Parable of wine and wineskins
February 18, 2009 Leave a comment
Neither is new
And no one puts new
And no one puts new
wine into old wineskins;
otherwise the new wine
will burst the skins
and will be spilled,
and the skins will be destroyed.
38 But new wine must be put into new wineskins. 39 And no one after drinking old wine desires new wine, but says, ‘The old is good.’
In my morning devotions, I was reading the parable of the wine and the wineskins. I had been reading Mark’s version, when I became curious about the other two synoptic gospels, so I checked them out. As you can see, there are some variations. What struck me though is that in all three versions of the parable, the point is nuanced differently. In Mark, the point comes across as an instruction of how to store new wine properly and the consequence if one fails to do so. In Matthew, the additional words “and so both are preserved” provides a purpose for storing the new wine. The implication being that preservation is necessary for the drinking of a high quality wine. In Luke, verse thirty-nine communicates more explicitly, what Matthew communicates implicitly—namely that everyone who drinks old wine prefers it to new wine.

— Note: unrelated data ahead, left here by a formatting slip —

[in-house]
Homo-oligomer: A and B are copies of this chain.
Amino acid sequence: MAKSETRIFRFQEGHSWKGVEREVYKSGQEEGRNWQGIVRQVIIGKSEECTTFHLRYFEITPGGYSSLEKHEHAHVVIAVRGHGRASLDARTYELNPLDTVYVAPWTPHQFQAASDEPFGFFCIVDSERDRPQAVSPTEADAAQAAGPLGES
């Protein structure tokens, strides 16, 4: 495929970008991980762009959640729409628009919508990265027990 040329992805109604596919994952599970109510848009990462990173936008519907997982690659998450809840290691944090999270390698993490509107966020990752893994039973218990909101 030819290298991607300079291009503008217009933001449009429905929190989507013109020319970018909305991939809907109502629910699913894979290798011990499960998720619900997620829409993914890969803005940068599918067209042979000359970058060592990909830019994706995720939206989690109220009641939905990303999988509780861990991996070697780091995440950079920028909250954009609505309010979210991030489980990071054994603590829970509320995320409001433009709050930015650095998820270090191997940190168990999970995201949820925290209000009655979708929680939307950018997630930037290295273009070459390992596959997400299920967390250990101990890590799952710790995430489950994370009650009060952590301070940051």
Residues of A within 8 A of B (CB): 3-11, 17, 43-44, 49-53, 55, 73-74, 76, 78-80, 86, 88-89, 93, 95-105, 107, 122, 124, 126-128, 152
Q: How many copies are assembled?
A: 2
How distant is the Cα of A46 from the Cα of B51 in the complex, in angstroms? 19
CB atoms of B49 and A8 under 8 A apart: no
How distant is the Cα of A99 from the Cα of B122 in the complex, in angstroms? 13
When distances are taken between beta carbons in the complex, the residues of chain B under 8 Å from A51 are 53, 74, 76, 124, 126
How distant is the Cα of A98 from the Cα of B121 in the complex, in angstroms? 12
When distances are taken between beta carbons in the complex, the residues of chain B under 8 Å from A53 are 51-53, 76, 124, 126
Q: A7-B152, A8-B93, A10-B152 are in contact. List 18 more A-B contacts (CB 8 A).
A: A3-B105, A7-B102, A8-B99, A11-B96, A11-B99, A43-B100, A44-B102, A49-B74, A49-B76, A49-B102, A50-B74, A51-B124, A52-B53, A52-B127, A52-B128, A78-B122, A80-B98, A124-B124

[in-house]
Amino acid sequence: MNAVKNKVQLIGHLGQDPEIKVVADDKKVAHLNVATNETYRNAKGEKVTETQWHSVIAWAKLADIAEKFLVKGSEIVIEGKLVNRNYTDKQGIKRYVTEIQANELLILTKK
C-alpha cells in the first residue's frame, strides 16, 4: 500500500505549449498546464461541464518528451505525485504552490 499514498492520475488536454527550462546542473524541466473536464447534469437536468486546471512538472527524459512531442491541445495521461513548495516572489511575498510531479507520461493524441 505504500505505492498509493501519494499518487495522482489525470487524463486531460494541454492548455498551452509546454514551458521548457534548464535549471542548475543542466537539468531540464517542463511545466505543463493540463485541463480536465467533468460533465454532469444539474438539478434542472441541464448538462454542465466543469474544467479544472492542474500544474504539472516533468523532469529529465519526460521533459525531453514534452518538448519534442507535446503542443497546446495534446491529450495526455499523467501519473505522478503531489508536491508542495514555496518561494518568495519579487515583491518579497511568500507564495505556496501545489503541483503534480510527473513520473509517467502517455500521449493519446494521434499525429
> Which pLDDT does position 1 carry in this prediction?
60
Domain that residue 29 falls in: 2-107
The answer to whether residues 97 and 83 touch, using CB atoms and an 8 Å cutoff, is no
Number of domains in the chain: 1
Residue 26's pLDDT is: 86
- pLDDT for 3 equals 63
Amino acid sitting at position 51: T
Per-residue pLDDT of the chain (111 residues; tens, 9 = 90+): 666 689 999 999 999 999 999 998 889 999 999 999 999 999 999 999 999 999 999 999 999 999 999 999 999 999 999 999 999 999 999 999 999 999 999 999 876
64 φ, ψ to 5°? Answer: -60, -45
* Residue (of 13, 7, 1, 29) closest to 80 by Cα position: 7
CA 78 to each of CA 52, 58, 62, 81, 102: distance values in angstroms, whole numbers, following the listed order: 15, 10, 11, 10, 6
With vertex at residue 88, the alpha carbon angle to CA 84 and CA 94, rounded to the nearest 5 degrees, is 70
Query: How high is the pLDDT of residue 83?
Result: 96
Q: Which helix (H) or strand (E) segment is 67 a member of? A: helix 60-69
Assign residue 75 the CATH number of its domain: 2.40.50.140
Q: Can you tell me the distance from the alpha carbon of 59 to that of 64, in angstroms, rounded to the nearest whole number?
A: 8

Now historically, this parable has been interpreted allegorically, something along these lines: The old wine and wineskins symbolize the Jewish people and God’s covenant with them or the Torah and Judaism. The new wine and wineskins symbolize the Church and the new covenant or Christ and Christianity. The exhortation not to mix old with new is practical—the fermentation process of new wine expands the wineskins and old skins that have been stretched to their limits can only expand so far, then they will explode. However, is there also a theological point here? Is this exhortation not to mix the old with the new a hardening of positions between church and synagogue? Or is it a reflection of the Torah teaching forbidding certain mixtures?
It is interesting—and I believe instructive for both Jews and Christians—to note that in the parable, in all three versions, both the wine and the skins seem to be valuable. If one interprets that nuance allegorically, one may make the case for valuing both the Torah and Judaism the Jewish people and their covenant—and the Church and the new covenant, Christ and Christianity. Indeed, thanks to Judaism the Torah has been preserved and remains a God’s Living Word. The same is true of the Church concerning the new covenant and the Gospel.
Finally, Luke’s additional conclusion to the parable in verse thirty-nine is, if again interpreted allegorically, a remarkable compliment to Judaism and the Torah.